Martinu: Music for Violin and Orchestra, Vol. 4

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LABELS: Hyperion
WORKS: Music for Violin and Orchestra, Vol. 4: Violin Concertos Nos 1 & 2
PERFORMER: Bohuslav Matousek (violin); Czech PO/Christopher Hogwood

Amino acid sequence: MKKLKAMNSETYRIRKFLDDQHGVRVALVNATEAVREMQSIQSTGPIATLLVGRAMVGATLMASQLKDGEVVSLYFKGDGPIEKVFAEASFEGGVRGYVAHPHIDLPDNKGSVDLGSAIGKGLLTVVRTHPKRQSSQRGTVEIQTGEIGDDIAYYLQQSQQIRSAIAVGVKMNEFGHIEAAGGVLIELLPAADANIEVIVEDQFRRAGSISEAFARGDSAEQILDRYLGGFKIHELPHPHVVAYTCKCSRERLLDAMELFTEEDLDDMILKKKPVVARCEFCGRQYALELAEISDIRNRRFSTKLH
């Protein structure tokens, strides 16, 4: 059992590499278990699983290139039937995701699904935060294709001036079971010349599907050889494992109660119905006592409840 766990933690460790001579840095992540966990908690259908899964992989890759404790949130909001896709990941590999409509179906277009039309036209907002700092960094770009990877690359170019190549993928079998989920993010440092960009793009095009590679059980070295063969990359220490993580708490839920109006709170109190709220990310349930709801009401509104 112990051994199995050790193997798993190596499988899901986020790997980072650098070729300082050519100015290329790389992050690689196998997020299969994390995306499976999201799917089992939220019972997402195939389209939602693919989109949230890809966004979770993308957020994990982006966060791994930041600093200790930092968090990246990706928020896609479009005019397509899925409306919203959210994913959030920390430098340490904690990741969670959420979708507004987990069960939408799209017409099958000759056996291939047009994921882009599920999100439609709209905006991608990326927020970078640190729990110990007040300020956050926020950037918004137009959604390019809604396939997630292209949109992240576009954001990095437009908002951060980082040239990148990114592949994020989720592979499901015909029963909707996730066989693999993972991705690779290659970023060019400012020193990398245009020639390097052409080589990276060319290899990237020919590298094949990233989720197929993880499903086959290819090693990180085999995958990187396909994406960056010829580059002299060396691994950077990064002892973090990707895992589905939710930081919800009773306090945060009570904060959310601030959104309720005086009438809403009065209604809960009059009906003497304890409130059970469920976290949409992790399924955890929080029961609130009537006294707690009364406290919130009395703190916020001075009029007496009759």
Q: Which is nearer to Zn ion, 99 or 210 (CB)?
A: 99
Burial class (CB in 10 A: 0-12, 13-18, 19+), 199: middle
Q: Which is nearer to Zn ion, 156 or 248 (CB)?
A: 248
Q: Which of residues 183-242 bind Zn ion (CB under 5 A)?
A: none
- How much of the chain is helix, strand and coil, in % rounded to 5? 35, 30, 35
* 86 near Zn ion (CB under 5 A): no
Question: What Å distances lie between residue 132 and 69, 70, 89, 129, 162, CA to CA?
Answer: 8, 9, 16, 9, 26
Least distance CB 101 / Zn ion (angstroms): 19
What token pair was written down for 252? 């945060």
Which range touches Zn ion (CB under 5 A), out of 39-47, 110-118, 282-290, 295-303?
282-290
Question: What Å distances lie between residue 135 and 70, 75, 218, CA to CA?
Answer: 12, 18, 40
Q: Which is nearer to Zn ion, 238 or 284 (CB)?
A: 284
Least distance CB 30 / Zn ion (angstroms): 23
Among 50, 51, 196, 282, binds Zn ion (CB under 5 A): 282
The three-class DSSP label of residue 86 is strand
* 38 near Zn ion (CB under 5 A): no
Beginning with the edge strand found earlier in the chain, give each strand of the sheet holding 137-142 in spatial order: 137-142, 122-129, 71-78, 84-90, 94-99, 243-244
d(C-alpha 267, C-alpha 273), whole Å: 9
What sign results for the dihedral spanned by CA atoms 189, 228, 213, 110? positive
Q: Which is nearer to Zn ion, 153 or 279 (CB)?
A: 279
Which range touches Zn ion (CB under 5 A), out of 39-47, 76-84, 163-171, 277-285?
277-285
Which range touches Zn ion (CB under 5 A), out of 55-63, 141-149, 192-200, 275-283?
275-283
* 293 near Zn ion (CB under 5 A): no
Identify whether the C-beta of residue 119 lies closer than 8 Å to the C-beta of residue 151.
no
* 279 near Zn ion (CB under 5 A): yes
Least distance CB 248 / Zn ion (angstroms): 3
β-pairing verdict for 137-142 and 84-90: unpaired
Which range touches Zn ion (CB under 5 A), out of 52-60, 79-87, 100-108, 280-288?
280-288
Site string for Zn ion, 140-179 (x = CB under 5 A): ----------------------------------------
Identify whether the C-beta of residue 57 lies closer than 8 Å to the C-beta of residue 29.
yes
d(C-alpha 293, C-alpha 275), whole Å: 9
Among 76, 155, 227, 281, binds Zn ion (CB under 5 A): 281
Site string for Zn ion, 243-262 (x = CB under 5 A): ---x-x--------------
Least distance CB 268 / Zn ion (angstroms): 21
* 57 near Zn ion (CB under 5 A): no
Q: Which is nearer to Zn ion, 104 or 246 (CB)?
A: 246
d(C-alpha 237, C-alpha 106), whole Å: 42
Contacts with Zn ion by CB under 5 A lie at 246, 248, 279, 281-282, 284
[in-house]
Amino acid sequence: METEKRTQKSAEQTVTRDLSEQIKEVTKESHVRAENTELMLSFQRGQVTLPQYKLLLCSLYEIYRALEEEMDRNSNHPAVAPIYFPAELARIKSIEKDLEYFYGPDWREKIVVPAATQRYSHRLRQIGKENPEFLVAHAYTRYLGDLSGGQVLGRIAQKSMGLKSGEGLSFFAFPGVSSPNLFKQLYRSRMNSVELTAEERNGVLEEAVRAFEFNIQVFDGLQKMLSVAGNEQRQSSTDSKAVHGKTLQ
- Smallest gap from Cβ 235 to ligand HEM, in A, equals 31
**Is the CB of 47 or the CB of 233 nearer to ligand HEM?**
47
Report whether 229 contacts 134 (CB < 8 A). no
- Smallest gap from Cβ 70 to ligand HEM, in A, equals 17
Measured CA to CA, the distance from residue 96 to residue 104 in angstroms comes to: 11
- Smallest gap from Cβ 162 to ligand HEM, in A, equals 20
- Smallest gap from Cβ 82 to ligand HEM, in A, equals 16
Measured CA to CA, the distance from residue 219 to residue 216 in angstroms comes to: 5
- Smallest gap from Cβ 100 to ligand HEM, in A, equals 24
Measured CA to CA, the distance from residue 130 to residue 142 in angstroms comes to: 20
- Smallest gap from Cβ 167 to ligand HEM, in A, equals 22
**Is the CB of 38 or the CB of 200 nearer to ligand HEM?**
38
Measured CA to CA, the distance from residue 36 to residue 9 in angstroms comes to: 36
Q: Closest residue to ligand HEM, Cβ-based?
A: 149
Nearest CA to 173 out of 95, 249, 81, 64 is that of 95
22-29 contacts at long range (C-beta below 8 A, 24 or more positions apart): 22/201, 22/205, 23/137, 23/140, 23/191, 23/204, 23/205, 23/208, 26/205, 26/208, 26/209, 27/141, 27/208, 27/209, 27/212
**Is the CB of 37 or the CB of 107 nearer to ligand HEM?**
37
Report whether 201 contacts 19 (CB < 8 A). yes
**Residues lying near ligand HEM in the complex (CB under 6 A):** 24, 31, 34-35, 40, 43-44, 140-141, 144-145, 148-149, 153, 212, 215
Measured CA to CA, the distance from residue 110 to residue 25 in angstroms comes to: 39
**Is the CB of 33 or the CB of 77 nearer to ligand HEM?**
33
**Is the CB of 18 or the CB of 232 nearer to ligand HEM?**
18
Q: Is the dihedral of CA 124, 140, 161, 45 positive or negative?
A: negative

Martinu’s First Violin Concerto has a curious history. Composed in 1931 for the American violinist, Samuel Dushkin, it was subject to numerous revisions prompted by the soloist before a final version arrived in 1933. Dushkin’s failure to premiere the work and his refusal to allow others to perform it meant that its first performance was not given until 1973, 14 years after Martinu’s death. The outer movements are very much in Martinu’s neo-classical manner with vigorous motor rhythms and plenty of opportunity for solo virtuosity. The slow movement strikes an ironic pose but rises to a passionate climax. Fine as the First Concerto is, the Second, composed in Martinu’s richest period of orchestral writing, the mid-1940s, is one of his great masterpieces. Overtly Romantic, the Concerto has a huge emotional range; the first movement alone encapsulates epic tragedy and exultation in a strongly symphonic developmental frame which never gets in the way of ravishing lyricism.In these beautifully recorded performances, both Christopher Hogwood and Bohuslav Matousek have a profound understanding of Martinu’s style and the Czech Philharmonic responds with radiant playing – just try the start of the slow movement of Concerto No. 2. There is no finer performance of the First Concerto available, and their way in the Second Concerto has a persuasive sense of purpose that quite equals Jiπí Belohlávek and Isabelle Faust’s fine performance on Harmonia Mundi (reviewed in July).